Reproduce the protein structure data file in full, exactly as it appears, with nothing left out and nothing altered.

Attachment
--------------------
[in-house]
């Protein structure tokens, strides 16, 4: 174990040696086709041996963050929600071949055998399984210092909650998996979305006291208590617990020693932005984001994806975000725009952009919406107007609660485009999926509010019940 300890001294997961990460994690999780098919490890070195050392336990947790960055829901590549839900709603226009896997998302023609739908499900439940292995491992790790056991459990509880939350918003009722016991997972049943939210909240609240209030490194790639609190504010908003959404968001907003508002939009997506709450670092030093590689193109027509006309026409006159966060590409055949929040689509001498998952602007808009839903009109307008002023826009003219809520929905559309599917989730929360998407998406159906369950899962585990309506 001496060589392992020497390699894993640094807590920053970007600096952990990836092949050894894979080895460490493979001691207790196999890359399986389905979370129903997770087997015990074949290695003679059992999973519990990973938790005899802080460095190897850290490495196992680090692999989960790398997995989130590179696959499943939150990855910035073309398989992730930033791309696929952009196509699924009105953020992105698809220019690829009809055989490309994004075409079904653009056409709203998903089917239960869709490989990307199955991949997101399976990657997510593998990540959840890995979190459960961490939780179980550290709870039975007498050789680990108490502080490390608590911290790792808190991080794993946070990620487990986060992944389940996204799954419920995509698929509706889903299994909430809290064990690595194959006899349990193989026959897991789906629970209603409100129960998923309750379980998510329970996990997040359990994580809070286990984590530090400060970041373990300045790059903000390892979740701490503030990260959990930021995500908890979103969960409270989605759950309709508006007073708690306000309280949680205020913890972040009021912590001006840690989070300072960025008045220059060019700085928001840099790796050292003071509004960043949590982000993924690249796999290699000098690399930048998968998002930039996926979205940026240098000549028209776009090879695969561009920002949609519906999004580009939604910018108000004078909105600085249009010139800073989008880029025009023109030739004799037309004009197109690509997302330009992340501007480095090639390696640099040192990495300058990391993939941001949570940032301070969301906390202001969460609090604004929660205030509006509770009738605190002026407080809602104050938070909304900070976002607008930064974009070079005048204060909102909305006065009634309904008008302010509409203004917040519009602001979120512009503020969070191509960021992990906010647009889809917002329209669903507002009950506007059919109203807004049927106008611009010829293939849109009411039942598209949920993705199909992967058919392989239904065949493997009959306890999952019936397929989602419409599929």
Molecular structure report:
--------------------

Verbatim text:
[in-house]
């Protein structure tokens, strides 16, 4: 174990040696086709041996963050929600071949055998399984210092909650998996979305006291208590617990020693932005984001994806975000725009952009919406107007609660485009999926509010019940 300890001294997961990460994690999780098919490890070195050392336990947790960055829901590549839900709603226009896997998302023609739908499900439940292995491992790790056991459990509880939350918003009722016991997972049943939210909240609240209030490194790639609190504010908003959404968001907003508002939009997506709450670092030093590689193109027509006309026409006159966060590409055949929040689509001498998952602007808009839903009109307008002023826009003219809520929905559309599917989730929360998407998406159906369950899962585990309506 001496060589392992020497390699894993640094807590920053970007600096952990990836092949050894894979080895460490493979001691207790196999890359399986389905979370129903997770087997015990074949290695003679059992999973519990990973938790005899802080460095190897850290490495196992680090692999989960790398997995989130590179696959499943939150990855910035073309398989992730930033791309696929952009196509699924009105953020992105698809220019690829009809055989490309994004075409079904653009056409709203998903089917239960869709490989990307199955991949997101399976990657997510593998990540959840890995979190459960961490939780179980550290709870039975007498050789680990108490502080490390608590911290790792808190991080794993946070990620487990986060992944389940996204799954419920995509698929509706889903299994909430809290064990690595194959006899349990193989026959897991789906629970209603409100129960998923309750379980998510329970996990997040359990994580809070286990984590530090400060970041373990300045790059903000390892979740701490503030990260959990930021995500908890979103969960409270989605759950309709508006007073708690306000309280949680205020913890972040009021912590001006840690989070300072960025008045220059060019700085928001840099790796050292003071509004960043949590982000993924690249796999290699000098690399930048998968998002930039996926979205940026240098000549028209776009090879695969561009920002949609519906999004580009939604910018108000004078909105600085249009010139800073989008880029025009023109030739004799037309004009197109690509997302330009992340501007480095090639390696640099040192990495300058990391993939941001949570940032301070969301906390202001969460609090604004929660205030509006509770009738605190002026407080809602104050938070909304900070976002607008930064974009070079005048204060909102909305006065009634309904008008302010509409203004917040519009602001979120512009503020969070191509960021992990906010647009889809917002329209669903507002009950506007059919109203807004049927106008611009010829293939849109009411039942598209949920993705199909992967058919392989239904065949493997009959306890999952019936397929989602419409599929």
Molecular structure report: